Do not believe anything: what artists really do is to hang around all day (Paco de Lucia)

Andy Warhol was mathematician. At least, he knew how clustering algorithms work. I am pretty sure of this after doing this experiment. First of all, let me introduce you to the breathtaking Grace Kelly:

In my previous post I worked also with images showing how simple is to operate with them since they are represented by matrices. This is another example of this. Third dimension of an *image matrix* is an 3D array representing color of pixels in (r, g, b) format. Applying a cluster algorithm over this information generates groups of pixels with similar color. I used `cluster`

package and because of the high size of picture I decided to use clara algorithm which is extremely fast. Apart of its high speed, another advantage of clara is that clusters are represented by real elements of the population, called medoids, instead of being by *average individuals* as k-means do. It fits very well with my purposes because once clusters are calculated I only have to change each pixel by its medoid and plot it. Setting clara to divide pixels into 2 groups, generates a *2 colored* image. Setting it to 3 groups, generates a *3 colored* one and so on. Following, you can find results from 2 to 7 groups:

Working with samples can be a handicap, maybe less important than the speed it produces. Sometimes images generated by n groups seems to be worse fitted than the one generated by n-1 groups. You can see it in this video, where results from 1 to 60 groups are presented sequentially. It only takes 42 seconds.

Here you have the code. Feel free to *warholing*:

library("biOps") library("abind") library("reshape") library("reshape2") library("cluster") library("sp") ####################################################################################################### #Initialization ####################################################################################################### x <- readJpeg("936full-grace-kelly.jpg") plot(x) ####################################################################################################### #Data ####################################################################################################### data <- merge(merge(melt(x[,,1]), melt(x[,,2]), by=c("X1", "X2")), melt(x[,,3]), by=c("X1", "X2")) colnames(data) <- c("X1", "X2", "r", "g", "b") ####################################################################################################### #Clustering ####################################################################################################### colors <- 5 clarax <- clara(data[,3:5], colors) datacl <- data.frame(data, clarax$cluster) claradf2 <- as.data.frame(clarax$medoids) claradf2$id <- as.numeric(rownames(claradf2)) colnames(claradf2) <- c("r", "g", "b", "clarax.cluster") claradf <- merge(datacl, claradf2, by=c("clarax.cluster")) colnames(claradf) <-c("clarax.cluster", "X1", "X2", "r.x", "g.x", "b.x", "r.y", "g.y", "b.y") datac <- claradf[do.call("order", claradf[c("X1", "X2")]), ] x1<-acast(datac[,c(2,3,7)], X1~X2, value.var="r.y") x2<-acast(datac[,c(2,3,8)], X1~X2, value.var="g.y") x3<-acast(datac[,c(2,3,9)], X1~X2, value.var="b.y") warhol <- do.call(abind, c(list(x1,x2,x3), along = 3)) plot(imagedata(warhol)) writeJpeg(paste("Warholing", as.character(colors), ".jpg", sep=""), imagedata(warhol))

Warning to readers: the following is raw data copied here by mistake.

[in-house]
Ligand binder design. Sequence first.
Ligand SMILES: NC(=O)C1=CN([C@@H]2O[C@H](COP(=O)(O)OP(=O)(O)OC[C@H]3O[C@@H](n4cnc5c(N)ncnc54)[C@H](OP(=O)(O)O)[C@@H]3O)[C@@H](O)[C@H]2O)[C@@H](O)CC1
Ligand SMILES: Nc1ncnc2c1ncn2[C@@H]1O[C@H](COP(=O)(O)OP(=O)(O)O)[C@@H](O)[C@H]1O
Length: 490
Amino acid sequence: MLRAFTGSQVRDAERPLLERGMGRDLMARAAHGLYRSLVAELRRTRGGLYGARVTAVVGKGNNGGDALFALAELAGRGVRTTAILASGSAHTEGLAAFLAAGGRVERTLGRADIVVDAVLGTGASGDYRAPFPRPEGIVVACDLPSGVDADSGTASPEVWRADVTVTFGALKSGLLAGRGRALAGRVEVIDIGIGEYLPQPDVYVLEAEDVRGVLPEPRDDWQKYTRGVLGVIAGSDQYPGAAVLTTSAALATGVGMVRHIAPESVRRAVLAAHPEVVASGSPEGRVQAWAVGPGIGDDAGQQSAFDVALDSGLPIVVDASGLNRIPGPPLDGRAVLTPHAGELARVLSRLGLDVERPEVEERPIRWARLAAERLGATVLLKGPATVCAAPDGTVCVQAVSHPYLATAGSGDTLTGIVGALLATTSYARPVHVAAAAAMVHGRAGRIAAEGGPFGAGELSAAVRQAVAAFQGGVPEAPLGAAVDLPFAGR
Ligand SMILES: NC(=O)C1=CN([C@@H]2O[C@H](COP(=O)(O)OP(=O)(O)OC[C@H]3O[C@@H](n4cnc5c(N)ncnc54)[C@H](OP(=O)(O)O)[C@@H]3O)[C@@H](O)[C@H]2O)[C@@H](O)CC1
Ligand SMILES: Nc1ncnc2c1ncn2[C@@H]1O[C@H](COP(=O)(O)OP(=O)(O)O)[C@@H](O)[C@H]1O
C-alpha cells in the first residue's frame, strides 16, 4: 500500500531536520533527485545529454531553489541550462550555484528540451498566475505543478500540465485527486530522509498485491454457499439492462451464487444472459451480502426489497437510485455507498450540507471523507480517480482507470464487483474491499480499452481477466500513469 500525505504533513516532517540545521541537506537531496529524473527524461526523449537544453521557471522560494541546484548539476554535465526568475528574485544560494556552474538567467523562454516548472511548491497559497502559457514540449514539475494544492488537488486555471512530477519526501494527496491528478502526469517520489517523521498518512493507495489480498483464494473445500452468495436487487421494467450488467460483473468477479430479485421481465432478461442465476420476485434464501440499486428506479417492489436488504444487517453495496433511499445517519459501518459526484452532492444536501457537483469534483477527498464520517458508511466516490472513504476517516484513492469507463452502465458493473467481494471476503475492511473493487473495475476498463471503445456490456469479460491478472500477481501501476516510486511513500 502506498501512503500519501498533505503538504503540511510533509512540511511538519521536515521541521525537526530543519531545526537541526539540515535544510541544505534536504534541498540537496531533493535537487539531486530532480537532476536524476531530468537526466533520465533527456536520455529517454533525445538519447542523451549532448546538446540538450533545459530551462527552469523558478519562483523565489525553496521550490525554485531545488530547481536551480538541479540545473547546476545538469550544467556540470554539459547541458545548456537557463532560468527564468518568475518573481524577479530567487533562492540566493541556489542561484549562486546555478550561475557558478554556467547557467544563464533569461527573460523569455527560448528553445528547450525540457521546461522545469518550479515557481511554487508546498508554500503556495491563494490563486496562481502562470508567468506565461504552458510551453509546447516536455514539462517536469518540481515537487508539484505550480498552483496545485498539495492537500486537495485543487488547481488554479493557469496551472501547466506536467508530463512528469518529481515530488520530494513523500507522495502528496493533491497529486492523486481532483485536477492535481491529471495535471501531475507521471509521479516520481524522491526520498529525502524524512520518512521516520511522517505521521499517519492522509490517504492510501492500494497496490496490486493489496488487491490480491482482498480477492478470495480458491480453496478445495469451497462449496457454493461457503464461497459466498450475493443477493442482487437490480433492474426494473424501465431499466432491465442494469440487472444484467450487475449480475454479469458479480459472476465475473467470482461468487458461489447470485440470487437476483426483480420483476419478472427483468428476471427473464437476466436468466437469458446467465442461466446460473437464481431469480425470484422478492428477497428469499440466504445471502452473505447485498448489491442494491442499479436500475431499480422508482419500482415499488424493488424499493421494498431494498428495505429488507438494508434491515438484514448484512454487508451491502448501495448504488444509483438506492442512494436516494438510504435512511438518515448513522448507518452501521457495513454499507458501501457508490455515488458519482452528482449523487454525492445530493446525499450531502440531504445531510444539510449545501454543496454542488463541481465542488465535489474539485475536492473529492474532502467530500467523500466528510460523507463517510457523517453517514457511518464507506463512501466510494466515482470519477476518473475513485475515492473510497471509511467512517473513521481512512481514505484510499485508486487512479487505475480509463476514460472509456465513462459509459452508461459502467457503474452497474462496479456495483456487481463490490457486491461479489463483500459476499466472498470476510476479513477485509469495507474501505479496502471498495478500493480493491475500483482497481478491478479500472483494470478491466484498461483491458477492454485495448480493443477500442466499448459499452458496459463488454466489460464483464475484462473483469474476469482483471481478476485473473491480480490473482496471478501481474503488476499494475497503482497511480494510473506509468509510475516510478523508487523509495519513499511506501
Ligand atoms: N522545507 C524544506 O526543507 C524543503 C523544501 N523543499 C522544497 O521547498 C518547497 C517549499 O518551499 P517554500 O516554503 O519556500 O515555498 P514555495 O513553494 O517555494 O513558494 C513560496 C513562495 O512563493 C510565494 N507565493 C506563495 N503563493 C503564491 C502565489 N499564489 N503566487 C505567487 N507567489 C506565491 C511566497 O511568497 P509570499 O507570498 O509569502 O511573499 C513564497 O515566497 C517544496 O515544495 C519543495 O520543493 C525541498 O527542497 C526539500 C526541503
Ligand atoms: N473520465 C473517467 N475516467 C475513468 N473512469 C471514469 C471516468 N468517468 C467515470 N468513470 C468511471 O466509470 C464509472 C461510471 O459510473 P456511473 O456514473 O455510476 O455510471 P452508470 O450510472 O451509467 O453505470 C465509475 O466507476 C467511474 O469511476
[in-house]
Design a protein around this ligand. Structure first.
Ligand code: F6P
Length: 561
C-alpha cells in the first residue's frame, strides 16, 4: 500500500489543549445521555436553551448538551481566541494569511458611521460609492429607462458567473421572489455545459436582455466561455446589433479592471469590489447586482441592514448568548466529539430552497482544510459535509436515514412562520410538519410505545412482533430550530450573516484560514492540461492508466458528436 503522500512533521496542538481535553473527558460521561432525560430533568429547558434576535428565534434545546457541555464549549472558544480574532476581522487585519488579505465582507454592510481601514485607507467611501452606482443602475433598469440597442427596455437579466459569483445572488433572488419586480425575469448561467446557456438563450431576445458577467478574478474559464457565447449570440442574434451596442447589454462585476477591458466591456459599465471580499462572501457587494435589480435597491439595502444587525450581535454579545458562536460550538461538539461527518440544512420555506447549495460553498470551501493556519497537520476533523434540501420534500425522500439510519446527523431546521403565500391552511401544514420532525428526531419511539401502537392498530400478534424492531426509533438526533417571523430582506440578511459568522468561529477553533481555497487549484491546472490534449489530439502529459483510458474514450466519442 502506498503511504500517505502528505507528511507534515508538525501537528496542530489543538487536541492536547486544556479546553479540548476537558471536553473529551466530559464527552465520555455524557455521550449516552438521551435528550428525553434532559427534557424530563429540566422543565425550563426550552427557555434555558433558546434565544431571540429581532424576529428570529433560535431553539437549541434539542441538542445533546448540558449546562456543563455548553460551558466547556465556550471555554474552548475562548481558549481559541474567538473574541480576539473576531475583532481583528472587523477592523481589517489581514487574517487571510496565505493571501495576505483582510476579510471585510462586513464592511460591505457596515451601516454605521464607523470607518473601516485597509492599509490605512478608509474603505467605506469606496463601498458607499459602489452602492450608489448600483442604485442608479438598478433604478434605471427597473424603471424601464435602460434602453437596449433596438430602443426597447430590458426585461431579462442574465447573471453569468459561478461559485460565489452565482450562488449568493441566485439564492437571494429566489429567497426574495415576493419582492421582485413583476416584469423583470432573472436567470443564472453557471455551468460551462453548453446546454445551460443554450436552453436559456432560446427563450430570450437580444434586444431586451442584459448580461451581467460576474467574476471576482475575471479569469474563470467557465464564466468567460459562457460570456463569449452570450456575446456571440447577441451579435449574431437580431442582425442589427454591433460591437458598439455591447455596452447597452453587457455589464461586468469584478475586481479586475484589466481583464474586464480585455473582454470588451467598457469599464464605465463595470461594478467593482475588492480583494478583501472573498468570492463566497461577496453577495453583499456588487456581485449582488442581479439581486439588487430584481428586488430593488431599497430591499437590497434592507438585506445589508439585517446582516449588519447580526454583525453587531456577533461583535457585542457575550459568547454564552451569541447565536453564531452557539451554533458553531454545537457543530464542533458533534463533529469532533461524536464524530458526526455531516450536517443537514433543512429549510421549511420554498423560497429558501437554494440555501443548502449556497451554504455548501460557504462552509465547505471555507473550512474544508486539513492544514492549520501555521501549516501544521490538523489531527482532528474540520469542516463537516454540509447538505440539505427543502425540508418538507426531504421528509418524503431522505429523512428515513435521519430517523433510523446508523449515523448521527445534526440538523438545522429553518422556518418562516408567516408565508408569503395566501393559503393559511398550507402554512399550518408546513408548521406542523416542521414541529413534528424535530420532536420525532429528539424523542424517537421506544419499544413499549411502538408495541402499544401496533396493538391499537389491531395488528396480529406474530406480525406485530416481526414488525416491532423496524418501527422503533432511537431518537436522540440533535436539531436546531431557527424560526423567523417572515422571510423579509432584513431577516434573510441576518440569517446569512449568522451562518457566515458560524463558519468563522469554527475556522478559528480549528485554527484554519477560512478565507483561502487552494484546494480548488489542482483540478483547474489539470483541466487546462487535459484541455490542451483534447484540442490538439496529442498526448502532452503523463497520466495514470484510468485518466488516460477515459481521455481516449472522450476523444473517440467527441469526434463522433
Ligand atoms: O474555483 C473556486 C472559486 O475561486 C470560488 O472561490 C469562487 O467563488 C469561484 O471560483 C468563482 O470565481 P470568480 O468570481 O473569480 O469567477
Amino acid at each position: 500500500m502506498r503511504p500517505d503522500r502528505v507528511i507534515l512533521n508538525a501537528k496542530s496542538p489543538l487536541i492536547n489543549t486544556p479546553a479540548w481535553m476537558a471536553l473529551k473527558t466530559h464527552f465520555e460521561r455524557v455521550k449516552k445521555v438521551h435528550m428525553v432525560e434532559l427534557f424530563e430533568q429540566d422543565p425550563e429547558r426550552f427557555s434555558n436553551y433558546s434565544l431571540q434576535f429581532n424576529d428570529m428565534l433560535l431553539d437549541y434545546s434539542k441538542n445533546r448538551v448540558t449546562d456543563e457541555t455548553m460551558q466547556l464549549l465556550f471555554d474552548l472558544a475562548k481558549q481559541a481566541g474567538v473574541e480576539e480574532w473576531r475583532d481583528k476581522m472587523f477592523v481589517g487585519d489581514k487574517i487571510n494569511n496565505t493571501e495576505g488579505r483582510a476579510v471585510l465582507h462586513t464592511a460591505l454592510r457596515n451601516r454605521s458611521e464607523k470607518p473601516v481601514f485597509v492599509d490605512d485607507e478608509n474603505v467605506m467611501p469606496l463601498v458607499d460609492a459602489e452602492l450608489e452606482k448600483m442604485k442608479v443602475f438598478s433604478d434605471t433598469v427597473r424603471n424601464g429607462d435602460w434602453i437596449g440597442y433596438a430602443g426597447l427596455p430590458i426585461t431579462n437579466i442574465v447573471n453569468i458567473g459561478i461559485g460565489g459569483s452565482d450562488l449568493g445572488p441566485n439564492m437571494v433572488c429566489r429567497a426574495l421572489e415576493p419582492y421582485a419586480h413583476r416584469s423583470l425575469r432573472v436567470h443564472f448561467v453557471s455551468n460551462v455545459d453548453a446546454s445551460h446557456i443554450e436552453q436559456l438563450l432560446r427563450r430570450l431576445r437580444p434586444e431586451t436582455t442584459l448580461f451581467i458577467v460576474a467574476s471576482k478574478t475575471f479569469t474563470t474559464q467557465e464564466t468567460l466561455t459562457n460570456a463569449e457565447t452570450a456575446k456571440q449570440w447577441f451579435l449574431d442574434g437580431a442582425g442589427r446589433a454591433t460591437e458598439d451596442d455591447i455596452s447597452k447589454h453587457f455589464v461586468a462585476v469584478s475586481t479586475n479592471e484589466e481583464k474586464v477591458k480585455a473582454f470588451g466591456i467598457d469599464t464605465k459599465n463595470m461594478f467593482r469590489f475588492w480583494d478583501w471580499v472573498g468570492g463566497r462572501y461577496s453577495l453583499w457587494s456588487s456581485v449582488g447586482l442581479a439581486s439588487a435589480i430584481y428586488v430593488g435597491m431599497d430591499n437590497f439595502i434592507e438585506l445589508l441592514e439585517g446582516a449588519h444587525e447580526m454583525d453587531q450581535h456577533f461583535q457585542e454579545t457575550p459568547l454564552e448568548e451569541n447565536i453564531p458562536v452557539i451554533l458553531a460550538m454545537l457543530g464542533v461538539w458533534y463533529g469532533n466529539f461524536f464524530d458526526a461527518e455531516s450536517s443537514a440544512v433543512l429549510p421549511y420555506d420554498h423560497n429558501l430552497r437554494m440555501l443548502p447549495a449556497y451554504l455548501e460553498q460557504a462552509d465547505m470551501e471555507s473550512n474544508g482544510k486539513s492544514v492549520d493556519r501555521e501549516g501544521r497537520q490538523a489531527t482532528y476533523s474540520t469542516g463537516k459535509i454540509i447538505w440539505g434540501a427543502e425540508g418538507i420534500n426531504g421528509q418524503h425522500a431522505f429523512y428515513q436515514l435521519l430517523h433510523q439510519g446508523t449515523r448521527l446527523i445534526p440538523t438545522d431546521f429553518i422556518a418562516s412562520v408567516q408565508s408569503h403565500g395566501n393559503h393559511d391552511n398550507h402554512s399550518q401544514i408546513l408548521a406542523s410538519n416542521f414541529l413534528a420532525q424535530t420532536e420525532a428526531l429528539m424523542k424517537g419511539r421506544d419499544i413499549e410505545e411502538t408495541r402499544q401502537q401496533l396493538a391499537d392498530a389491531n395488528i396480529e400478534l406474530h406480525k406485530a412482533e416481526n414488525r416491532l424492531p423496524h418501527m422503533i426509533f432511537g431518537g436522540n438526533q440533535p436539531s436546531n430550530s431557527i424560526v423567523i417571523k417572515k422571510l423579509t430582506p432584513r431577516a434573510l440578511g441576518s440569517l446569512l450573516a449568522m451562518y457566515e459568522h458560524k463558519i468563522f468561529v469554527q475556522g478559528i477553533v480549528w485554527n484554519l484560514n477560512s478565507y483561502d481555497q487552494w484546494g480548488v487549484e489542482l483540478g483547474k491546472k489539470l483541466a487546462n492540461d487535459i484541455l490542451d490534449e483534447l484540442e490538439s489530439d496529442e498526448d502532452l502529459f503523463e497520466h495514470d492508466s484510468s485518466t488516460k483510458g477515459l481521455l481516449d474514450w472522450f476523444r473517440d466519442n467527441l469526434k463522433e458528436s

I think you were using an old “melt” ? Modern version assigns “Var1″ and Var2” to columns, not “X1” and “X2” . Can you check which “melt” you used?

My melt assigns “X1” and “X2” to columns. I will try with new versions in future. Thanks for your comment!

Thanks for your comment. Glad to serve you as a source of inspiration at least ..

Keep on working, great job!

Dear Sir,

I am trying “Warholing Grace With Clara”, but I do not understand how you obtained data of this image. I am new in this image analysis. Please let me know. I appreciate your help.

Best regards

Manoj